Playhouse opens for season with dark comedy
Jun 28, 2012 | 2181 views | 0 0 comments | 7 7 recommendations | email to a friend | print
CHESTERFIELD, NH- The Actors Theater Playhouse opened its 38th season on June 14 with Canadian playwright Morris Panych’s richly dark comedy, “Vigil.” Directed by Terri Storti, “Vigil,” a two-character play, is a cautionary tale about a nephew, Kemp, 30-years estranged from his aunt Grace, who dashes to her home after she writes a letter to him saying she’s about to die.

The ostensibly mute old woman doesn’t seem quite ready to pass on beyond the pearly gates and the nephew soon grows impatient. At one point he says to her, “I’m concerned about your health these last few days; it seems to be improving.” And so the dark humor continues throughout the evening.

Storti, who has directed and acted at ATP, says that she did not know the play until Sam Pilo, one of the founding directors of ATP, gave her a copy. “Sam may have been familiar with the play for quite a while, but it was new to me when he shared it with me last year. Apparently he thought that my taste ran to the dark side of comedy after directing ‘Fuddy Meers.’ My first impression of ‘Vigil’ was that it was a wonderful dark comedy when I read it, and then I thought, ‘But how do you make it work in front of an audience?’

“I like a challenge, so I went for it, but I also knew we couldn’t pull it off without a very strong actor for the role of Kemp. I knew that Greg Lesch was the guy for the part. He and I have worked together quite a bit, and I have tremendous respect for his work as an actor and his sense of style. It was just what the play needed, and I was pretty sure he’d embrace the challenge.”

“Vigil’s” challenges are unique, as Storti explains, “Style is important,” Storti says. “As the director, it seems critical to set the right farcical tone to deal with a very serious subject. The play is very funny, but sometimes the humor makes one think, ‘Should I be laughing at this?’

There are times that there is a sort of Wiley Coyote feel to the action, and other moments are really quite poignant. Finding the right balance is important. As much fun as comedy is, you never know if it really works until you have an audience. The audience sort of teaches you the timing.”

Storti elaborates, “Although the writing is very clever and witty, the play is written in a series of rather static scenes, to make it play in front of an audience requires ingenuity in lighting and sound to keep the audience engaged. Managing props becomes a huge task. They almost need to be choreographed to keep the action moving. It takes a great deal of effort on the part of a lot of people to pull off the finished product. Fortunately, I have great people onstage and off to make it all work.”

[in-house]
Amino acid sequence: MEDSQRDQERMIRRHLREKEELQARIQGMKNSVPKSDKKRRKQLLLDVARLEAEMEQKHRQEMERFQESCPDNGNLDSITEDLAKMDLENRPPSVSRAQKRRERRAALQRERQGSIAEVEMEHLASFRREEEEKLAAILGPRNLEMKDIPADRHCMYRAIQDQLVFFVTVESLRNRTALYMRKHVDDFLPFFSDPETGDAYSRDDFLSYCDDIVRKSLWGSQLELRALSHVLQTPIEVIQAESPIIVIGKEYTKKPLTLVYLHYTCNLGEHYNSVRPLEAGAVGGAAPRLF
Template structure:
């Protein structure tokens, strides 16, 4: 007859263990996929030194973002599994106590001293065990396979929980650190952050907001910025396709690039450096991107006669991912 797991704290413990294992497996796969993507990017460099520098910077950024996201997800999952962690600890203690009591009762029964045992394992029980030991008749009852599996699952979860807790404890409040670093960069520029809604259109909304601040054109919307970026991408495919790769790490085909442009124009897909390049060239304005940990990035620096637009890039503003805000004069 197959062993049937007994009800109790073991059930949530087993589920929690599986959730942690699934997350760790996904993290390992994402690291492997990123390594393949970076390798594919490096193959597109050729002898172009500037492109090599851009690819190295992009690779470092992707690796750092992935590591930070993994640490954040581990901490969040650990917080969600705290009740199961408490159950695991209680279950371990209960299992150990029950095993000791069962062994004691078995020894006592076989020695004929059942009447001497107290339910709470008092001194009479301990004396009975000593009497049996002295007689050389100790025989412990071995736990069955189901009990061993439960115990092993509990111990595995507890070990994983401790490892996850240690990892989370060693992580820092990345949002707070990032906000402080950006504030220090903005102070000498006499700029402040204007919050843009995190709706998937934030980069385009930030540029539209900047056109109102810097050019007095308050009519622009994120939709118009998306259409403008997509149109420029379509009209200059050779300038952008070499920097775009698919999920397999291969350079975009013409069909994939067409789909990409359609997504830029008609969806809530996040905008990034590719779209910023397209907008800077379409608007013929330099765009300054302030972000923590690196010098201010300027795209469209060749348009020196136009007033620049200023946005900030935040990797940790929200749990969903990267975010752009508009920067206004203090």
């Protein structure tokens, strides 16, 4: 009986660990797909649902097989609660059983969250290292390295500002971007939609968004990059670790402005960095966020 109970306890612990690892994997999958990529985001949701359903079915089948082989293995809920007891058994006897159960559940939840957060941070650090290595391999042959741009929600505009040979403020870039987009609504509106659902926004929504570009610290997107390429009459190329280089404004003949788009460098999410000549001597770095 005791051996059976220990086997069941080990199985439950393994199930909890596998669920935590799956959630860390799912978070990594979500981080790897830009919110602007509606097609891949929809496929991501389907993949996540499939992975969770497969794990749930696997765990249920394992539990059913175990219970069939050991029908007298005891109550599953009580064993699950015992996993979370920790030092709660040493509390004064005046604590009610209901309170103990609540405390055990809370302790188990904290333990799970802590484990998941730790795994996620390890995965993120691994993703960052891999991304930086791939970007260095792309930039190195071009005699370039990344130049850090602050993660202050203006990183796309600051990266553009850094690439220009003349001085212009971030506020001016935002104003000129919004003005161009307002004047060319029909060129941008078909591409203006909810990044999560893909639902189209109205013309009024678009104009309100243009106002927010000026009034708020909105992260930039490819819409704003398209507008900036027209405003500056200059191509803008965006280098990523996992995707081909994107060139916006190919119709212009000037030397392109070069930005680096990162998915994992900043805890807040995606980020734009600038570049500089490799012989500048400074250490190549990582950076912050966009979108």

Also “Vigil” offers particular challenges for both actors. Storti points out that “Lesch’s Kemp has practically all the lines, which requires great energy and discipline from him. Also, Kemp is just not a very likeable guy, so finding the humanity of the character is important while playing the comedy. The role requires a wide range of emotion, but he also has to keep track of what comes next because he drives the action.

“For Nancy Groff, who plays Grace, her challenge is to create a character and communicate without speaking most of the time. Sometimes that is even more of a challenge.”

For Storti, she relishes the fact that she can work on a play differently than before, “We have been working on it since April. We’ve approached it in not the same way as I usually would like to rehearse. (At this writing) We’re actually still blocking, in the sense that we are incorporating props into the action. It’s taking some time to figure out the flow of the piece, how to establish a sense of time passing and discovering the arc of the story we are telling

“Lesch and I spent time just working on some of his longer speeches initially. He has done a monumental job of mastering his lines early on, by the way, so that we can really dig into what makes this guy tick. If his character isn’t rooted in reality, the humor just won’t work.”

“Vigil” is a humorous look at all those emotions that surround the end of life, even though that humor may make us grimace as well.

“Vigil,” is the sixth play Storti has directed for ATP. Her most recent show as a director was “Fuddy Meers,” in 2010. The Reformer commented that the audience should, “Just be ready to suspend belief and enjoy yourself. You’ll have a belly-full of laughs.” Lesch and Groff were in that production. Prior to coming to the region, Storti earned a Master of Fine Arts in Acting from the University of Southern California; was a member of Equity, AFTRA and SAG; toured with a rep company; did summer stock; and worked professionally in Chicago, Los Angeles, Houston, and Orlando.

“Vigil” plays on Thursday, Friday, and Saturday evenings through July 7. Tickets on Thursdays are $12, students $6; Fridays $15, students $8; and Saturdays all tickets are $15. Reservations are strongly recommended. Curtain time is 7:30 pm for all performances.

Call (877) 666-1855 for reservations and seasonal information of performances, dates, ticket prices, and directions to the playhouse. Visit for more information.
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